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Isabel Silva-Romero, a UNC-Chapel Hill graduate student, studies how ocean temperatures affect the food web on rocky reefs around the Galápagos Islands. Her field site is located at the Galapagos Science Center — a collaboration between the UNC Center for Galapagos Studies and the Universidad San Francisco de Quito that facilitates research, teaching, and outreach initiatives linked to the Galápagos.
A master of fine arts student, Matthew Troyer is channeling his experience in the Marine Corps to create photography that shares the military experience with the civilian population and fellow veterans.
Having grown up surrounded by fields in southeastern North Carolina, Ricardo Crespo is training to practice medicine in the same kinds of rural communities. He’s starting that mission with Carolina’s Student Health Action Coalition.
Growing up, Jay Garner always preferred to be the referee for backyard football. The Tar Heel has earned his ref stripes at Carolina as an official for Campus Recreation's intramural sports.
A competitive figure skater and president of the UNC Figure Skating Club, Katherine Xing is inviting more Tar Heels into the sport with the goal of empowering the skaters and providing a mindset that they can apply to anything they do in life.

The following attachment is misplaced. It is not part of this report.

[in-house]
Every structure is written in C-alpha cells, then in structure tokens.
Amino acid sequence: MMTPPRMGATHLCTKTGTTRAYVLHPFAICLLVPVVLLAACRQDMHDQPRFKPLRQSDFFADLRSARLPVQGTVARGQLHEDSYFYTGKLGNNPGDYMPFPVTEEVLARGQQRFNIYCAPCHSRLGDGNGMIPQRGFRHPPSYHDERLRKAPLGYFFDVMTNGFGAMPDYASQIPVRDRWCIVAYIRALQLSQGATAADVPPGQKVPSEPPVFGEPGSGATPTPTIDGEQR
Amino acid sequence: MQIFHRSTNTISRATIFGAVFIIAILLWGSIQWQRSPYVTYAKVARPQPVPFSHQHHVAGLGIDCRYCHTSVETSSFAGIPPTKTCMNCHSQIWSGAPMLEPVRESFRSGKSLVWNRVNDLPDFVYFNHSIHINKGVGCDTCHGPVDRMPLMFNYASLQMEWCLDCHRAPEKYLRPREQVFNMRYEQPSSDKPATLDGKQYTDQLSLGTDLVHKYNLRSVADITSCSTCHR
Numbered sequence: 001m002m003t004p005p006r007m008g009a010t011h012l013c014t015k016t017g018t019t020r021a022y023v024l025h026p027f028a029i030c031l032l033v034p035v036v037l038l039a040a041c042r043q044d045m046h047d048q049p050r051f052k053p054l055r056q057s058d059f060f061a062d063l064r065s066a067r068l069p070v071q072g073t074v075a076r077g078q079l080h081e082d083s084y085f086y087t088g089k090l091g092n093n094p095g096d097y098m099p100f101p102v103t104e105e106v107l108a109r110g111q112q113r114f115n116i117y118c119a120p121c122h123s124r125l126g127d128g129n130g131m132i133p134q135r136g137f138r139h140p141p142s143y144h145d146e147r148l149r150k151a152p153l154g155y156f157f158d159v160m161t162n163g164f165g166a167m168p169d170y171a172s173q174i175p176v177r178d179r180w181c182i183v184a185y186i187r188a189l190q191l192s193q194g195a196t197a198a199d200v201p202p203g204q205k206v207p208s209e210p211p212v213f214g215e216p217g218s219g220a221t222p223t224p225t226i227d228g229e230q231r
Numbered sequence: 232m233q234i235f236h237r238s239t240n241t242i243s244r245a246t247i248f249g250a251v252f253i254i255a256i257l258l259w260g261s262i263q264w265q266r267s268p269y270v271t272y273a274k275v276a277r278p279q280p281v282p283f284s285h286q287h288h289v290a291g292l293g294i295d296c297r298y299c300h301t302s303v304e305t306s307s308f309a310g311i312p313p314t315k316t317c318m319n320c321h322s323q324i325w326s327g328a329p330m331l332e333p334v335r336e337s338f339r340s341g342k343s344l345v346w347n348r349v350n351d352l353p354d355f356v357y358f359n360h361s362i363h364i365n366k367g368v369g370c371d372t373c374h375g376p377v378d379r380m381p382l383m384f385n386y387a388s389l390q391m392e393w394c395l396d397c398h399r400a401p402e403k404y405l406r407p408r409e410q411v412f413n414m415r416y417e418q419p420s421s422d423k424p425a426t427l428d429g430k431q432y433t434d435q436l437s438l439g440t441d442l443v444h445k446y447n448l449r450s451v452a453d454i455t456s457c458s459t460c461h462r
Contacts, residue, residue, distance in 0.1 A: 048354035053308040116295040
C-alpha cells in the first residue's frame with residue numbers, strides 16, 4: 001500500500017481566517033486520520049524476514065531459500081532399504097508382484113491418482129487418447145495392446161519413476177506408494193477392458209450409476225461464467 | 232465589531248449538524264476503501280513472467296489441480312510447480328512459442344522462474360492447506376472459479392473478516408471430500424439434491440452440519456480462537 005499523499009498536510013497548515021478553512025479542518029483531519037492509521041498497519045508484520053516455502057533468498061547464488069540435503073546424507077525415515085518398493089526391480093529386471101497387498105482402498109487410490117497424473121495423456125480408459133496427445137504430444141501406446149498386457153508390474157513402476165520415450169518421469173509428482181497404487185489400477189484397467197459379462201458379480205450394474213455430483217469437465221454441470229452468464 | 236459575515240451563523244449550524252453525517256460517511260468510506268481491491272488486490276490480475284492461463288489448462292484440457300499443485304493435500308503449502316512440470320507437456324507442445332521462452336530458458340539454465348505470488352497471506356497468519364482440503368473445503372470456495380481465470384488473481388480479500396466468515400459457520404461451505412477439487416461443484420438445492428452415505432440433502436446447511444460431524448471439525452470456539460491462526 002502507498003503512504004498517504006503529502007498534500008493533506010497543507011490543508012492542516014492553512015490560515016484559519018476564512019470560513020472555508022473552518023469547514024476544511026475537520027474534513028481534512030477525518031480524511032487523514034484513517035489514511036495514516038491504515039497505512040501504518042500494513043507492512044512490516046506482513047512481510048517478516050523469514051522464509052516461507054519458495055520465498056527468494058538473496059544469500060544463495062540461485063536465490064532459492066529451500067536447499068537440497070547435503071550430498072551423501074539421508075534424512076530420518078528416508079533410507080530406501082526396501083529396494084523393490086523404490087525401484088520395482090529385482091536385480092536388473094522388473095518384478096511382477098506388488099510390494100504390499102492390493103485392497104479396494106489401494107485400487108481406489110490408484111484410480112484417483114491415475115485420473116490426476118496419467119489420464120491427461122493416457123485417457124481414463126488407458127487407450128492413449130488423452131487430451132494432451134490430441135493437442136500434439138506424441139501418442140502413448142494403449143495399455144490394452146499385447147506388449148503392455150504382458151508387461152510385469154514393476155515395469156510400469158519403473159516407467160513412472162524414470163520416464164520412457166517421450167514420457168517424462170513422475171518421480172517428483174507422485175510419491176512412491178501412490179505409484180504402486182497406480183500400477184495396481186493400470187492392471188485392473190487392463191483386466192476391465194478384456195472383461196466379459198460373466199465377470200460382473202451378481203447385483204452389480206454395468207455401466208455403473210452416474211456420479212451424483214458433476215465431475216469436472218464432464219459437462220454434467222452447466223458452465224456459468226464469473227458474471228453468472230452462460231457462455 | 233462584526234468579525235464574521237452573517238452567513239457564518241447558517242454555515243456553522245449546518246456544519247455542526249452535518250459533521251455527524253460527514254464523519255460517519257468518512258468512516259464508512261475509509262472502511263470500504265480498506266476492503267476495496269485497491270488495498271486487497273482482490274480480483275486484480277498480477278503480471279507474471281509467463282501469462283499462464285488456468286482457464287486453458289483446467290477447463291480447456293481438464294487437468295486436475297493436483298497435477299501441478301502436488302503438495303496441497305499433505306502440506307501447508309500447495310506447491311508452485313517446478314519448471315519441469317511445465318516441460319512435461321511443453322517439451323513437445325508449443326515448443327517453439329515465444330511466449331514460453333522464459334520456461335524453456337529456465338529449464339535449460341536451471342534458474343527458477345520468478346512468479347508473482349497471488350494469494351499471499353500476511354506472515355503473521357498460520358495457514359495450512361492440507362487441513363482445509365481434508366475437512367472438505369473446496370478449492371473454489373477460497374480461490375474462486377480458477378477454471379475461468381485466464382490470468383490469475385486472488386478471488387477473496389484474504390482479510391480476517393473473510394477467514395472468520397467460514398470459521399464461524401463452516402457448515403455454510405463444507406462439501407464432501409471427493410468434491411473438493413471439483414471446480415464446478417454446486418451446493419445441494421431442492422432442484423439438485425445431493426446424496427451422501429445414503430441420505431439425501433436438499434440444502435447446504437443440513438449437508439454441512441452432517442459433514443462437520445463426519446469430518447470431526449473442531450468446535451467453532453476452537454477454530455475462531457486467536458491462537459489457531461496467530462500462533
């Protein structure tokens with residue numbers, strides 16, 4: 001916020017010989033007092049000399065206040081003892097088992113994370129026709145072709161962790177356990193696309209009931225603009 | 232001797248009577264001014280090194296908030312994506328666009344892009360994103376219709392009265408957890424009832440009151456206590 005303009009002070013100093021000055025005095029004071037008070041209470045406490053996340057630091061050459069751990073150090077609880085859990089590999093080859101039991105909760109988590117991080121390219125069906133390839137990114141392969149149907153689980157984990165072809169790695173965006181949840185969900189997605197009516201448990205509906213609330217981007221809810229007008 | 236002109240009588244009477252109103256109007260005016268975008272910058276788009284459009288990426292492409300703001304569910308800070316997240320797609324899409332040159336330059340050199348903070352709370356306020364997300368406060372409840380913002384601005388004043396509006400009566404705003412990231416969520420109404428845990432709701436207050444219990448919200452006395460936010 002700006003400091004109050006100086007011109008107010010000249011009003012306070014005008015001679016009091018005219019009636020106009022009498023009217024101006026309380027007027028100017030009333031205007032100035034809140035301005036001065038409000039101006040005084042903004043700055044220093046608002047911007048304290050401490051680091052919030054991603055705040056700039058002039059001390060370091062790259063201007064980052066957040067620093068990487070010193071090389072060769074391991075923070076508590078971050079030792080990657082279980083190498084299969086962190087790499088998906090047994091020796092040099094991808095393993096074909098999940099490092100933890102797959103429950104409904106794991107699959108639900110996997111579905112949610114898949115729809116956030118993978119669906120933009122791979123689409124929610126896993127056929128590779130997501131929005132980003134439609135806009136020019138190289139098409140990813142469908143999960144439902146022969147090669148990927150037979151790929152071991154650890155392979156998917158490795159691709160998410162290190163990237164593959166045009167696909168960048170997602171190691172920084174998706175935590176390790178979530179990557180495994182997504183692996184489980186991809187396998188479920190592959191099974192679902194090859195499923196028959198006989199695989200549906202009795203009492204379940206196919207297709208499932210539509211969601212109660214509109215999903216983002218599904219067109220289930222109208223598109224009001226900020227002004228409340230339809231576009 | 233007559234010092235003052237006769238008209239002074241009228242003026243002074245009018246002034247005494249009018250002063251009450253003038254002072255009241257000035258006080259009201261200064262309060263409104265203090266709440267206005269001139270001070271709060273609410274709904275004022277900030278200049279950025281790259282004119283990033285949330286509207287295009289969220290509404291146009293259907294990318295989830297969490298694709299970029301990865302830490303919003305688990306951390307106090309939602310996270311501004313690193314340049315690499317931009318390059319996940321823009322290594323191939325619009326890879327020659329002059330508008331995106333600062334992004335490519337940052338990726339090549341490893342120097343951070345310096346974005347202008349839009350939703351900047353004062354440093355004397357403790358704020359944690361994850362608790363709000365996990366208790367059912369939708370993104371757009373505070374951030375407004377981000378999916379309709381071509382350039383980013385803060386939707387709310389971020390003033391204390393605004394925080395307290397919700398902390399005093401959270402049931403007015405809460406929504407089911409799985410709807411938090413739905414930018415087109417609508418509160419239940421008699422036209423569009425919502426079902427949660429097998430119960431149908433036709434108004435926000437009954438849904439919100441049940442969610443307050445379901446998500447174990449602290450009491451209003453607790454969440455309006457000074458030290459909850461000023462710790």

Double Tar Heel Cortland Gilliam ‘14 has been named the Town of Chapel Hill’s second poet laureate. The UNC School of Education doctoral candidate is a scholar, educator, cultural organizer and now, the Town’s official poet.
Whether it was a family heirloom or a specific outfit, the Tar Heels Granada, Spain, as part of Carolina Global Launch, this fall brought a piece of home with them abroad.
The Carolina experience doesn’t necessarily have to start in Chapel Hill. Tar Heels in Carolina Global Launch begin it abroad. The program enables first-year students to study abroad at a partner university during their fall semester.
Jackson Holmes spent his first semester as a Tar Heel studying at the University of Stirling in Scotland as part of the Carolina Global Launch program.
As the nation’s first public university, we have a responsibility to be a place that brings together people of diverse backgrounds, experiences and viewpoints to debate the issues of our day.
María Estorino has held this role in an interim capacity since May and will continue to provide collaborative and community-focused leadership on our campus.
In his MLK Lecture, the well-known civil rights attorney challenged his audience to make the law “an instrument for good.”